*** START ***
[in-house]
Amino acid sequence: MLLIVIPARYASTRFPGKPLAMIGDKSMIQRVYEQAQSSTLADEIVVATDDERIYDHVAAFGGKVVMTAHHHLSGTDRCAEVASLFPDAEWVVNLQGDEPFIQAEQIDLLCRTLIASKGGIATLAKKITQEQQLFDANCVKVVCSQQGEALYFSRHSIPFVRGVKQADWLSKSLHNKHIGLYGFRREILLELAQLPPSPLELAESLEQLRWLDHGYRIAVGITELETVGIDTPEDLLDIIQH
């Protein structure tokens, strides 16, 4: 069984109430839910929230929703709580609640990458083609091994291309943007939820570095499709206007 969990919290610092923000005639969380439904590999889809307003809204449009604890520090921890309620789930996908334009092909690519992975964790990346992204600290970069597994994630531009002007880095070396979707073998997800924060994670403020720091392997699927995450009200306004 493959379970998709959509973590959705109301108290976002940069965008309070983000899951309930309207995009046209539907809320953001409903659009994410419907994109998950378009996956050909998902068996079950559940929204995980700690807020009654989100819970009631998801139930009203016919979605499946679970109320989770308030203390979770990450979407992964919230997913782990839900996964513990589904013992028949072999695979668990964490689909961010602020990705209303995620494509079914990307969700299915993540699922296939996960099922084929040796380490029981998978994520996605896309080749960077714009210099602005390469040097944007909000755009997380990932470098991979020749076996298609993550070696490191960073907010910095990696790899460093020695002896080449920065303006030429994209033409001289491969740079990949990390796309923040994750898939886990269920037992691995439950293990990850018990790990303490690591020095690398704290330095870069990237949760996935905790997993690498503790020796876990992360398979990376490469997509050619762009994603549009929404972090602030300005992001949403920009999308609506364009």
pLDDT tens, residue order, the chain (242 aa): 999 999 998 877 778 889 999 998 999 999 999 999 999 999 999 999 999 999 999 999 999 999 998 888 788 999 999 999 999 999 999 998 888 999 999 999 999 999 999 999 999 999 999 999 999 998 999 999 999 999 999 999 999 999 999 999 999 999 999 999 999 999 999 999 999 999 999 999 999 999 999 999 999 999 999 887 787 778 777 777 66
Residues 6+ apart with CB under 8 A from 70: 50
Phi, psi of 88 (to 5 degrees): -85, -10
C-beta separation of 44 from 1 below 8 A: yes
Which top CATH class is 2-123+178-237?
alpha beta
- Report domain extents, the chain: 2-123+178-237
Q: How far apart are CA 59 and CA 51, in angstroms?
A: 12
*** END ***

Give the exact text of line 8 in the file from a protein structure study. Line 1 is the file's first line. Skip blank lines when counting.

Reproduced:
Which top CATH class is 2-123+178-237?